Bring flowers from your garden when you find them there or buy them at the supermarket or at a florist. Have them delivered or call or email me and I’ll pick them up wherever you say or bring them to church yourself and place them on the altar on Sunday morning.
Bringing them up to the church yourself and placing them on the altar as a gift is the best way, of course.
However, you can give flowers for our worship without ever leaving your computer chair. Use the phone, a couple emails, your credit card or your checkbook. You’ll be done in ten minutes, and you’ll make a number of people happy.
At Easter and Christmas we have potted plants. That’s our tradition. On other Sundays, try to bring cut flowers. Put them in an appropriate vase; you decide what that is. There is an array of glass vases in the cupboard above the sink in the kitchen; use one of those if you want.
Flowers are part of our liturgy. Flowers say that the service is a special event. The people who have gathered are about to do some extraordinary things together.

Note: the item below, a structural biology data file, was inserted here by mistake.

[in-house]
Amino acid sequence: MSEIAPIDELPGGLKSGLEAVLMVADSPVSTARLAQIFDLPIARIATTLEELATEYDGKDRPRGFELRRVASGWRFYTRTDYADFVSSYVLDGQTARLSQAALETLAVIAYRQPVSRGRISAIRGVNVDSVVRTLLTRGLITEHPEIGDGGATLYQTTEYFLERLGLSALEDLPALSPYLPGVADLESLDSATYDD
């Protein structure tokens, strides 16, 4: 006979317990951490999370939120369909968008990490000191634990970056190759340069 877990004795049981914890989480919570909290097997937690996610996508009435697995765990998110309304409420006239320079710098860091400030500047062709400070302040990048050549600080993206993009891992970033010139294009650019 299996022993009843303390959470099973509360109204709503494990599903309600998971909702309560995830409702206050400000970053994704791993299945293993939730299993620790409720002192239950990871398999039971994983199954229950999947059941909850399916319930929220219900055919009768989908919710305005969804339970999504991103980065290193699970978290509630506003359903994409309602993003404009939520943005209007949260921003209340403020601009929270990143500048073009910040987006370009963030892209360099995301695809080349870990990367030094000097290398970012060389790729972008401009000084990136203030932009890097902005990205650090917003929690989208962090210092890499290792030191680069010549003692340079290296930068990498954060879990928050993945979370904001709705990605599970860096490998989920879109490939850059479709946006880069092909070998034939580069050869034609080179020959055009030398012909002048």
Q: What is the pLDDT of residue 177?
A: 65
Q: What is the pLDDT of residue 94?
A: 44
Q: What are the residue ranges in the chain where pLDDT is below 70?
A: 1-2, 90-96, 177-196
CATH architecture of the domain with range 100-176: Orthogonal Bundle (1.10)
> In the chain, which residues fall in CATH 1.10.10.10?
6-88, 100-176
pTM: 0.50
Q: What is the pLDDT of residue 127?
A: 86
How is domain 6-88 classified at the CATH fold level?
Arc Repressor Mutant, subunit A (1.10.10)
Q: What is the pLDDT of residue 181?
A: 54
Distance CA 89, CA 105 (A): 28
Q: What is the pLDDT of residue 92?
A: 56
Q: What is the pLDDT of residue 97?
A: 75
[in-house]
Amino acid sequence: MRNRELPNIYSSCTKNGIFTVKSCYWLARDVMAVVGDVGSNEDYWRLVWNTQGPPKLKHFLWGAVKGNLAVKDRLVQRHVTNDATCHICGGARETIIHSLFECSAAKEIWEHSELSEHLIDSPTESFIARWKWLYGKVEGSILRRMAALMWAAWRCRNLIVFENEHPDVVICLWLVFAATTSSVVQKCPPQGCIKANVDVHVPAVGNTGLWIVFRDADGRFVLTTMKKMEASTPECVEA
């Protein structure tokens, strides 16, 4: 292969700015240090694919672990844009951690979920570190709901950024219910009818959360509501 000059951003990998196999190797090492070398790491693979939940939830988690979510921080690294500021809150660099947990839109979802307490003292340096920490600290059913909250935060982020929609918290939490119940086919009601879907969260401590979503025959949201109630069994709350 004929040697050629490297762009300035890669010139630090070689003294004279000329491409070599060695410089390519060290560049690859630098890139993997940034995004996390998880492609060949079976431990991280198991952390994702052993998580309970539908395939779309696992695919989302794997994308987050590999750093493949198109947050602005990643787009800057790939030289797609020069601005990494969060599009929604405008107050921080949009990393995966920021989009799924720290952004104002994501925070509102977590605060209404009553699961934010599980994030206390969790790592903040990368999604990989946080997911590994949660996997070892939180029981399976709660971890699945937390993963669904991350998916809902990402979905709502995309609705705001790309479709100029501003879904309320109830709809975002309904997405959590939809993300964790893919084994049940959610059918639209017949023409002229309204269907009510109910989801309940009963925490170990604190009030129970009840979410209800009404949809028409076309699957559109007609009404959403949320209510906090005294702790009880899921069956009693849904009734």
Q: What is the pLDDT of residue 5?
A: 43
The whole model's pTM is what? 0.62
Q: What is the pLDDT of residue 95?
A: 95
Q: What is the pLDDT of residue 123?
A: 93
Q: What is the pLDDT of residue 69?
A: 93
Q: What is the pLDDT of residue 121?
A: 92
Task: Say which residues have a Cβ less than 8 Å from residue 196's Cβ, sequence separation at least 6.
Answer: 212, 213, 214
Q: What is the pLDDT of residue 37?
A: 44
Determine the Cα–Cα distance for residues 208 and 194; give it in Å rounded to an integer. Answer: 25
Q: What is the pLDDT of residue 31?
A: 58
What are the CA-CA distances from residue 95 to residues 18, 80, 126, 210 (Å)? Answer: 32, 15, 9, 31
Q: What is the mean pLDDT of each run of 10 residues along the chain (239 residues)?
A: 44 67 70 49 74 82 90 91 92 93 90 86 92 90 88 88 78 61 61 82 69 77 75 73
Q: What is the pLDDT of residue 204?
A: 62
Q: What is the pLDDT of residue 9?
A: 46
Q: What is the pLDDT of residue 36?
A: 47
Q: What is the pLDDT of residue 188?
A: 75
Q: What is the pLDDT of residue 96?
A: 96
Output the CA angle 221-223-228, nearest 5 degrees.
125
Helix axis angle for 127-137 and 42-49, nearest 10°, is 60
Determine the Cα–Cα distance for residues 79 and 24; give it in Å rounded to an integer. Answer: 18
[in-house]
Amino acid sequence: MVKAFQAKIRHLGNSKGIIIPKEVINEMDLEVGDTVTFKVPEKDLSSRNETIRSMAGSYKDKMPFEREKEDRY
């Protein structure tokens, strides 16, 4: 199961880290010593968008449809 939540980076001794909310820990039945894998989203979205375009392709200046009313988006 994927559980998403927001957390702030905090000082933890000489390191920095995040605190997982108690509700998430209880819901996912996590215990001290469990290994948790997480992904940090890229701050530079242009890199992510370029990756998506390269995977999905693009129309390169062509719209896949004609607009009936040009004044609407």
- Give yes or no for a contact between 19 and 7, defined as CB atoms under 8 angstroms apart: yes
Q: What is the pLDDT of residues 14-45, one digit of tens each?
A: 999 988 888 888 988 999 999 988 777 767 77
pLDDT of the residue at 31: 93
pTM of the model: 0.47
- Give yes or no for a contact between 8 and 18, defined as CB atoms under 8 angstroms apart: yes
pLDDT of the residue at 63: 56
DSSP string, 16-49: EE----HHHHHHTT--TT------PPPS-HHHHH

Add a note of memorial or honor and I will include that in the bulletin. Then take a moment to send the bulletin to someone who might like to know that a loved one has been remembered or an event honored.
Take the flowers home with you. Bring them to a nursing home or to a neighbor.
A bouquet of flowers will adorn our worship room and brighten the day of someone in the community.
If the flowers remain on the altar for a while, and even die there, that’s okay.
Here’s a challenge for us. Let’s try to fill the flower chart for the whole year. Every one of you can do it. Sign up or email me and I’ll put your name on the list.
Again, a special thanks to Mary Ann, our flower coordinator and leader, and to others who pay special attention to the flowers. Your efforts are appreciated.